Look people, I don’t pretend anime makes sense.  Don’t shoot me, I’m just the Rolling Review writer.

**Warning** Spoilers for the finale of the show.

I felt like this episode was (mostly) pure Trigger magic.  It brings out all of the wild and crazy artistic flair that is distinctively Trigger, and it is unappologetically crazy fun.  It of course borrows from the magical girl concept that, with the power of your friends and the power of belief, you can freaking do anything.  That concept is like….my peanut butter and jelly though, so I was happy as a cat on a warm windowsill.

Akko and Co. are tasked with somehow catching up to a freaking missile as it blazes through the sky and causes panic/suspicion amongst the people.  Using the newfound seven word magicpalooza Shiny Rod, the Witches 7 are able to blaze through the sky to catch up to the missile.

Croix…please…you are cramping my magic girl style here.  It’s all gonna work out.

I’m not going to lie, the contributions of Amanda, Constance, Jasminka, Suzy and Lotte are all…fairly weak considering that Akko basically proclaims them the new Witches 9 (add Croix and Chariot in to make 9).


And they all get super rad outfits.


As the girls blaze towards the missile on their awesome super broom, each girl adds a touch of personal flair to allow the broom to get close (Constance causes a giant rocket engine to come out the back, Amanda uses acrobatic flying skills, etc), followed by said girl ejecting off the end of the broom and spurning Akko and Diana along.

Adding this to my Christmas list

Despite, the lack of true involvement of each girl in the Witches 9, the ride to the missile is beautifully animated and filled with action.  The missile retaliates with a swarm of miny missiles (yo dawg, I heard you liked missiles, so I put missiles in your missiles), so we are treated to all the wild angles and crazy bendy art that really makes your blood pump.  It’s pure fun with no preservatives, and I was smiling all the way.

The foreground of the episode is the battle against the missile, but the background events are equally interesting.  Croix, who now seems to have magically understood the error of her ways, transforms her evil laboratory into a mega video broadcast station and forces everyone with a screen to watch the quest of the Witches 7 as they battle the missile. Through the vocal prowess of Chariot, the world starts to believe in the girls and their pure belief energy turns to magic.  It is here that the show’s theme of magic returning to the world is finally realized.  We also get a montage callback to various other side-plot characters.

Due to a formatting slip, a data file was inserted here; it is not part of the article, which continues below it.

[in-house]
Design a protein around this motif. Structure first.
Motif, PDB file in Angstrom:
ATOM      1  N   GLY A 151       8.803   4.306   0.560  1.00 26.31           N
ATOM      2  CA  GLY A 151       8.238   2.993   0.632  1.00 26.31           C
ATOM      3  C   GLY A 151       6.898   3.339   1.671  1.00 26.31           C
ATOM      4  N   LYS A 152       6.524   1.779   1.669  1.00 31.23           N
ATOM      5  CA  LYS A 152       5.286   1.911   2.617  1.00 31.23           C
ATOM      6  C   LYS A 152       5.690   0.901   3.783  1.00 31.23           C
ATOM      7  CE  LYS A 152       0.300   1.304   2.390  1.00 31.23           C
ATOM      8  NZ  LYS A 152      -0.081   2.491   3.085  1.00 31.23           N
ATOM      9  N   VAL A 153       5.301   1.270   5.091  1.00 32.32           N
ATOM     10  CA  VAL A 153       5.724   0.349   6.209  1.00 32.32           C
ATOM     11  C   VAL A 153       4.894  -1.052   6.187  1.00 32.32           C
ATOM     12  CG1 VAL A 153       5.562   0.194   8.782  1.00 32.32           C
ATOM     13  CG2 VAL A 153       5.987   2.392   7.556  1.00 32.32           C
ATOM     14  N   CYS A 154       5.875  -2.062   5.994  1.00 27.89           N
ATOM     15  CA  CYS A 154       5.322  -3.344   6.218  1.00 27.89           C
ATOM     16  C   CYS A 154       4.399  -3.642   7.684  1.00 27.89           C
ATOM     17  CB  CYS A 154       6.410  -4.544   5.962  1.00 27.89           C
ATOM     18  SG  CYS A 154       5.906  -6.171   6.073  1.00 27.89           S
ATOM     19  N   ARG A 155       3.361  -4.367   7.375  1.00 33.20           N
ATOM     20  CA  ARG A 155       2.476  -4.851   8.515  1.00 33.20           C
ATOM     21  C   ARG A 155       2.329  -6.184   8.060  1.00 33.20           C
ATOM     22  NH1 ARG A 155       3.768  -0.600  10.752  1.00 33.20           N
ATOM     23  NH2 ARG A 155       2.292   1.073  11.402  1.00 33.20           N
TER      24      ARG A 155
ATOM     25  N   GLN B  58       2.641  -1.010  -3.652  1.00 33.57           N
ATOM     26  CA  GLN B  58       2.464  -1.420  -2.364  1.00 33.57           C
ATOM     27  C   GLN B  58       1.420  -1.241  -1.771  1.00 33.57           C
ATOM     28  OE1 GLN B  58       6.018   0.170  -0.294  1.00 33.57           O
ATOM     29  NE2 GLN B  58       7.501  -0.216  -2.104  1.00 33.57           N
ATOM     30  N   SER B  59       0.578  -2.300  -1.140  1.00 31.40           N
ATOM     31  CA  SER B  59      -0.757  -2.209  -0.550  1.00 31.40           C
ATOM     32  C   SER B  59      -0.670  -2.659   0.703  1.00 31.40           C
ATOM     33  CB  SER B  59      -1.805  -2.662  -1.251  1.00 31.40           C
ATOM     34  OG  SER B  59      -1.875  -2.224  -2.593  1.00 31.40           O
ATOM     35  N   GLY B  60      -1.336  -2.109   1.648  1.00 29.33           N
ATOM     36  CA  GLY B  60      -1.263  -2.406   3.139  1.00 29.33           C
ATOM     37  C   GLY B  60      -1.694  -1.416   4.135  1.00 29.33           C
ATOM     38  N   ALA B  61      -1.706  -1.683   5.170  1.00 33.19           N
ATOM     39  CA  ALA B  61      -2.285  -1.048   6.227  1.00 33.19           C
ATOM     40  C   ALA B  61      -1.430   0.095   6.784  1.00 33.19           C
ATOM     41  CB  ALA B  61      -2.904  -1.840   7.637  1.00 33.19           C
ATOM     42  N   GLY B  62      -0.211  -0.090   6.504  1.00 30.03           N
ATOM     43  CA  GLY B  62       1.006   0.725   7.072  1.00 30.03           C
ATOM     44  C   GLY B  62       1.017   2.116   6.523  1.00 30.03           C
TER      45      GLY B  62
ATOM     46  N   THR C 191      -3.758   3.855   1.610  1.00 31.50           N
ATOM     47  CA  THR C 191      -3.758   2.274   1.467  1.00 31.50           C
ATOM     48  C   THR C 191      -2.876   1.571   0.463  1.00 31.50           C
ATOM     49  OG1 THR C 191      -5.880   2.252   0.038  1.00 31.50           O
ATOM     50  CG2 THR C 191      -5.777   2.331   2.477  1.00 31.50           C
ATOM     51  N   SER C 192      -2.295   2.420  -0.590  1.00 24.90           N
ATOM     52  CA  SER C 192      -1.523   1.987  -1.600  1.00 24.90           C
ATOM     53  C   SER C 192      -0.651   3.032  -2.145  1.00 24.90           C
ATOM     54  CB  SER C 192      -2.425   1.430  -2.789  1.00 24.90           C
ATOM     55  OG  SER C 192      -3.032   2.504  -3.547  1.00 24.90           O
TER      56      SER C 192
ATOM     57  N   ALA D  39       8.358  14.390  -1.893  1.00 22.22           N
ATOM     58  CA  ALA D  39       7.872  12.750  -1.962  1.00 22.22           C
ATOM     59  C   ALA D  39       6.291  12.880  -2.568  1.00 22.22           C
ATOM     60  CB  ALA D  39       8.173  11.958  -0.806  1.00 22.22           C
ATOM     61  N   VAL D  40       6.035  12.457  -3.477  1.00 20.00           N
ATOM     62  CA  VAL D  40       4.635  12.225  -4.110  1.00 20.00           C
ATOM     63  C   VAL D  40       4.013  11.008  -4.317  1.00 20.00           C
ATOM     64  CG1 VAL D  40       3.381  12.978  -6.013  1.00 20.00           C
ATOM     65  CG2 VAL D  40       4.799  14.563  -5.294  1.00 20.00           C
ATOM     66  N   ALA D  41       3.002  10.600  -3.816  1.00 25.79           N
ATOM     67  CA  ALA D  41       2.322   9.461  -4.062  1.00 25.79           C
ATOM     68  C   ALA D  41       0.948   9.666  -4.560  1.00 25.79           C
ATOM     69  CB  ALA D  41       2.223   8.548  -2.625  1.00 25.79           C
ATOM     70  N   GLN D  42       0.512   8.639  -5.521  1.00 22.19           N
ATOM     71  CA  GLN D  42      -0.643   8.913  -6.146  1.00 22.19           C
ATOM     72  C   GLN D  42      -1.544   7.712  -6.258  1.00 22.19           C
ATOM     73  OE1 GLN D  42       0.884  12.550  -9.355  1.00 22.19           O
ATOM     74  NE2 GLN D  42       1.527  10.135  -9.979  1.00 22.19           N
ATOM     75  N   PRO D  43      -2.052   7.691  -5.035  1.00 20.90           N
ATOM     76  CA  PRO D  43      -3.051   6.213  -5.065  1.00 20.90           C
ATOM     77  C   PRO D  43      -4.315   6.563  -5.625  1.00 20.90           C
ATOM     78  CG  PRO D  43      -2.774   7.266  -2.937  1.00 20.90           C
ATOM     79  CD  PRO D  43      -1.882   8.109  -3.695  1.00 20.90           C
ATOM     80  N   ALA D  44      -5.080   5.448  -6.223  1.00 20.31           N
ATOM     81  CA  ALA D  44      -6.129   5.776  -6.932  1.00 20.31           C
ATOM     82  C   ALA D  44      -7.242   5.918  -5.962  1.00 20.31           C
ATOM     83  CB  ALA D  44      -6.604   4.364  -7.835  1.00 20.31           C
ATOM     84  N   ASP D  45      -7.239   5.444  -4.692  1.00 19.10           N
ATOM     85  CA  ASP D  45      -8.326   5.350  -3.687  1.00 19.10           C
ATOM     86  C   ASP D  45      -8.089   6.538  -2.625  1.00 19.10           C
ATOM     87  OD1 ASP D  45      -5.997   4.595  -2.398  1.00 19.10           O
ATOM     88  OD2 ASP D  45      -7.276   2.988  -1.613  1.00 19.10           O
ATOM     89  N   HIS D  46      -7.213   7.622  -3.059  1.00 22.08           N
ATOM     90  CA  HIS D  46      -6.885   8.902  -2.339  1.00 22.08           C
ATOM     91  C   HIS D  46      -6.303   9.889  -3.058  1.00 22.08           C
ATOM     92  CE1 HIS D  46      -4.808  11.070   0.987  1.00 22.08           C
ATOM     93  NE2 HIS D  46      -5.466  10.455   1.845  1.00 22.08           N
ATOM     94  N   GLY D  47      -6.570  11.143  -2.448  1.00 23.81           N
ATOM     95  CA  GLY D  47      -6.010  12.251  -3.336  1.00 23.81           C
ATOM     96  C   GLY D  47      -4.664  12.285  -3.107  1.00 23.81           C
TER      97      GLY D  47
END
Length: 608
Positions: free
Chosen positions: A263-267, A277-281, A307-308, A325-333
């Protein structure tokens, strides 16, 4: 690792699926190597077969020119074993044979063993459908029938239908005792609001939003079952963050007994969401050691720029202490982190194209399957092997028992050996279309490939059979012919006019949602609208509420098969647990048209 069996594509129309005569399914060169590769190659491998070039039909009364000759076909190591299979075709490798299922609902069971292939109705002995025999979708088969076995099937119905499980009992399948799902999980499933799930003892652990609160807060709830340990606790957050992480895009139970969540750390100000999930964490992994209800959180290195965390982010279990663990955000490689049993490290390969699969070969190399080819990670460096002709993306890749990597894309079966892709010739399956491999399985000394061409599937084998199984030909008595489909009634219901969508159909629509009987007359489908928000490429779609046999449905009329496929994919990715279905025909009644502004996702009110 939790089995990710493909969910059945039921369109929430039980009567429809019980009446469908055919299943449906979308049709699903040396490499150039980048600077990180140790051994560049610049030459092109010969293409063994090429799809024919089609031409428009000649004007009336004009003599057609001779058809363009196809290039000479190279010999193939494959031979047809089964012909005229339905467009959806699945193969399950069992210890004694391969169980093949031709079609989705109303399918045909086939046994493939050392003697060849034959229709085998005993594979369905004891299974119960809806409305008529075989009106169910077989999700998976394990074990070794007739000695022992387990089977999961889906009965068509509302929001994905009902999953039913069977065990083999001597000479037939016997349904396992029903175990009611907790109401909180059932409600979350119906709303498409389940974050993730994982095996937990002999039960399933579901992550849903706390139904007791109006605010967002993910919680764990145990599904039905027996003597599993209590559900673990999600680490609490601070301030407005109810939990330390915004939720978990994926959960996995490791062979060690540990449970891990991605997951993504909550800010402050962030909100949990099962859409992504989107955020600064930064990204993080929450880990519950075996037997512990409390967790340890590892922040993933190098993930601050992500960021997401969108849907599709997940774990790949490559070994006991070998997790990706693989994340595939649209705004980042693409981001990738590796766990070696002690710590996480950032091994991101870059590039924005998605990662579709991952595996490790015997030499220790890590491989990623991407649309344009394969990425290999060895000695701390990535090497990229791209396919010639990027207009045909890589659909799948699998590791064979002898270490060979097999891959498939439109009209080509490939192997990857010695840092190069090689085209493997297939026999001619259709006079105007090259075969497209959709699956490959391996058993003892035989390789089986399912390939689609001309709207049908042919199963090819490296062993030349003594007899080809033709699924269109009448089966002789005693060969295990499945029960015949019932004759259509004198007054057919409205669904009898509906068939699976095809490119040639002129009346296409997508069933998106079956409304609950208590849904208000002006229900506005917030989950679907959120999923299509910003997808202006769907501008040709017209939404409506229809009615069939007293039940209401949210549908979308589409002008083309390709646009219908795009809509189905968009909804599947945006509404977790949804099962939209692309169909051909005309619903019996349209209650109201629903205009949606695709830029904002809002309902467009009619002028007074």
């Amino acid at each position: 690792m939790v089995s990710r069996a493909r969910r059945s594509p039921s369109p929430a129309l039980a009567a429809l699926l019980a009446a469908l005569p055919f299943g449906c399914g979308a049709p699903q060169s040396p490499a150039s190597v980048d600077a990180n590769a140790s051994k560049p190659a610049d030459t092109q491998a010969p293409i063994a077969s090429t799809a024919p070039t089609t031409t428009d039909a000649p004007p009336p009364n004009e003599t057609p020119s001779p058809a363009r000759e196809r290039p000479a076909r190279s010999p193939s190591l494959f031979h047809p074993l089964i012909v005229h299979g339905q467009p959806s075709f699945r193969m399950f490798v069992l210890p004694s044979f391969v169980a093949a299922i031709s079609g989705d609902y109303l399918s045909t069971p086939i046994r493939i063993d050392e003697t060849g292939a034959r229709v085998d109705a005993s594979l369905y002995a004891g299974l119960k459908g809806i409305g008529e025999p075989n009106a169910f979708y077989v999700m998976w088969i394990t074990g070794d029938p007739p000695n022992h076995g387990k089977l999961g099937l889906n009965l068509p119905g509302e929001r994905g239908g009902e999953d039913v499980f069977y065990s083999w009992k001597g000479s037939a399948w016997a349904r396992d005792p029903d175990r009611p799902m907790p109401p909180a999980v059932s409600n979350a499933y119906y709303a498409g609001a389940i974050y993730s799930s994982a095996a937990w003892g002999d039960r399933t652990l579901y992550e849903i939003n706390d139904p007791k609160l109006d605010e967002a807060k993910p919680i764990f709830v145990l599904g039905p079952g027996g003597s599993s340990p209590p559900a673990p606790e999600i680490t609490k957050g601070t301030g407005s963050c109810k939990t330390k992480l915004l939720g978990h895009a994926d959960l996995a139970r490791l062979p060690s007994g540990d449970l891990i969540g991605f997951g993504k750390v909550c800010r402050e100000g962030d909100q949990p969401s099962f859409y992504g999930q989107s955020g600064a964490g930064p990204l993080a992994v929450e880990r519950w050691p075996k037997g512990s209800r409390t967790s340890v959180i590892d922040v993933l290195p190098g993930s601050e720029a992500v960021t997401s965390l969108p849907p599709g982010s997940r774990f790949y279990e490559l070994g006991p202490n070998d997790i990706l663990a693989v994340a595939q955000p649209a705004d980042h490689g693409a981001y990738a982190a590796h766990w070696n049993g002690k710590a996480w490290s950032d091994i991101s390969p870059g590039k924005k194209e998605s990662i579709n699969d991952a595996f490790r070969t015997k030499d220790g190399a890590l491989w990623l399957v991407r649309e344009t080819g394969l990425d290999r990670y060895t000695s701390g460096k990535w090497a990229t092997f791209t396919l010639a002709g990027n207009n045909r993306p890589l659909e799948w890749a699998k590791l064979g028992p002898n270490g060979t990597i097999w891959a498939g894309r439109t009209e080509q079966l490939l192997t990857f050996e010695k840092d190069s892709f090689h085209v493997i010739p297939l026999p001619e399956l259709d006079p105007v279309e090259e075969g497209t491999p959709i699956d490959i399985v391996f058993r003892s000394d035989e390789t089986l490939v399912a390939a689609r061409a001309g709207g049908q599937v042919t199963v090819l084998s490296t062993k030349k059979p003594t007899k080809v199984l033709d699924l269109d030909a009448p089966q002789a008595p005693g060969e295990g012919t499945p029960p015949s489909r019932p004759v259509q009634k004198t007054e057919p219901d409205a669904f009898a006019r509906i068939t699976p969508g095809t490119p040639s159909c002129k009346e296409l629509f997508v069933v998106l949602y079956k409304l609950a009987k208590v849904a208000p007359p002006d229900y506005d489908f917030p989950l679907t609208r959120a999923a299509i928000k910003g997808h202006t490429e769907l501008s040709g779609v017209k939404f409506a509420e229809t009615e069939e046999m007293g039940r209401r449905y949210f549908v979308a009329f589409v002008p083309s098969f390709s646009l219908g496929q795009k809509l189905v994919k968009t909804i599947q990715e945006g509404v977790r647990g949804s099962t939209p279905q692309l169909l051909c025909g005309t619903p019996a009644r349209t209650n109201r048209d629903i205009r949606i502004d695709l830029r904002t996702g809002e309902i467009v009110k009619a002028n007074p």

Remember this guy?!
Magic > Scientific Logic

In addition to this Andrew finally makes his stand.  He’s been coming into his own slowly as the series progressed.  His interactions with Akko drew out a side of himself he had deeply supressed and when he finally stands up to his father and his surly mustached friend, it feels rushed, but still worth the wait.  The arrival of the tiny Prime Minister who totally supports the witches was a nice touch as well, if a bit random.


Hello Prime Minister, were you able to reach the doorknob okay?

I had a grin on my face a freaking mile wide as we came to the end, when Diana and Akko finally make it to the missile and fight back.  This is where everything these two characters have been through finally comes to fruition.  The girls work together like a well oiled machine as Diana weaves in and out of missile barrages and Akko metamorphs as fast as the wind.  The breakneck pace of the fight is carefully choreographed so that you get a sense that Trigger really thought the battle out and had a great time animating it.  As the theme song blazes over Akko and Diana’s last stand, it’s hard not to feel really excited.

This is everything I have wanted out of life…forever…

Episode Summary:

The finale was explosive and fun.  It also gave everyone a chance to shine and even showed some old faces from episodes past.  My only complaint is the fate of Croix herself.  This woman nearly causes a war between nations and is just…allowed to go scot-free to continue doing research??!?  Granted, it is research to help Chariot but still…shouldn’t we arrest her or something?  The teachers of Luna Nova even say she is welcome anytime.  Ladies…what the heck?!

As we came to the end, I did feel like some bits were rushed or not developed as well, but at the end of the day, that’s just the little bit of my cynical heart talking.  Little Witch Academia was every bit the magical show I wanted it to be and I truly loved it.  It’s also something you could watch and enjoy with your kids so be sure to check it out when it comes out on Netflix in its entirety.  For the first time since Concrete Revolutio S1, I am proud to say we Con Artists picked a good one.

To end…let’s close the gigantic loop Scott and myself have been complaining about since waaaaay back in the beginning.

By God…she’s done it…